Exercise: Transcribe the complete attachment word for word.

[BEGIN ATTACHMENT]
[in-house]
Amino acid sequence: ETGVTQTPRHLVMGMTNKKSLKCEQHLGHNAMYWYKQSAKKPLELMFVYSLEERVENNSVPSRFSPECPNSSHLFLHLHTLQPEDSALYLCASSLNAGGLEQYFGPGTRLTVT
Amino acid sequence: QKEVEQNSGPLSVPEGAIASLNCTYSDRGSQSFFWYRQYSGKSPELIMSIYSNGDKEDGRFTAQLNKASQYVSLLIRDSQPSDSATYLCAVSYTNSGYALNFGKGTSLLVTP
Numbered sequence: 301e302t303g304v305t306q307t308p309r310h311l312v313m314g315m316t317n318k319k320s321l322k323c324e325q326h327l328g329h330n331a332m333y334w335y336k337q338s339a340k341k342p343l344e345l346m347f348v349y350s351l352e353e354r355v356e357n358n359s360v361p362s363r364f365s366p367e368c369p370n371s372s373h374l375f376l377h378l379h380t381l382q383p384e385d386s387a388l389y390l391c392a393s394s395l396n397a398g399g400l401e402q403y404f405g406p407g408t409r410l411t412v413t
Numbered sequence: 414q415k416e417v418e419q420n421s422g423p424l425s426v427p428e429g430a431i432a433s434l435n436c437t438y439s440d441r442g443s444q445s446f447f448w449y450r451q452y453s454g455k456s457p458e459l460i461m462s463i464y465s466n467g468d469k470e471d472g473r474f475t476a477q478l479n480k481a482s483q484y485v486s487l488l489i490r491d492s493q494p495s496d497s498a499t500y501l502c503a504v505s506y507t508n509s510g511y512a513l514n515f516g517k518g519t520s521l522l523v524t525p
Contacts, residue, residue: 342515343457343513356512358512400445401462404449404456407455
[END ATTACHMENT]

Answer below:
[in-house]
Amino acid sequence: ETGVTQTPRHLVMGMTNKKSLKCEQHLGHNAMYWYKQSAKKPLELMFVYSLEERVENNSVPSRFSPECPNSSHLFLHLHTLQPEDSALYLCASSLNAGGLEQYFGPGTRLTVT
Amino acid sequence: QKEVEQNSGPLSVPEGAIASLNCTYSDRGSQSFFWYRQYSGKSPELIMSIYSNGDKEDGRFTAQLNKASQYVSLLIRDSQPSDSATYLCAVSYTNSGYALNFGKGTSLLVTP
Numbered sequence: 301e302t303g304v305t306q307t308p309r310h311l312v313m314g315m316t317n318k319k320s321l322k323c324e325q326h327l328g329h330n331a332m333y334w335y336k337q338s339a340k341k342p343l344e345l346m347f348v349y350s351l352e353e354r355v356e357n358n359s360v361p362s363r364f365s366p367e368c369p370n371s372s373h374l375f376l377h378l379h380t381l382q383p384e385d386s387a388l389y390l391c392a393s394s395l396n397a398g399g400l401e402q403y404f405g406p407g408t409r410l411t412v413t
Numbered sequence: 414q415k416e417v418e419q420n421s422g423p424l425s426v427p428e429g430a431i432a433s434l435n436c437t438y439s440d441r442g443s444q445s446f447f448w449y450r451q452y453s454g455k456s457p458e459l460i461m462s463i464y465s466n467g468d469k470e471d472g473r474f475t476a477q478l479n480k481a482s483q484y485v486s487l488l489i490r491d492s493q494p495s496d497s498a499t500y501l502c503a504v505s506y507t508n509s510g511y512a513l514n515f516g517k518g519t520s521l522l523v524t525p
Contacts, residue, residue: 342515343457343513356512358512400445401462404449404456407455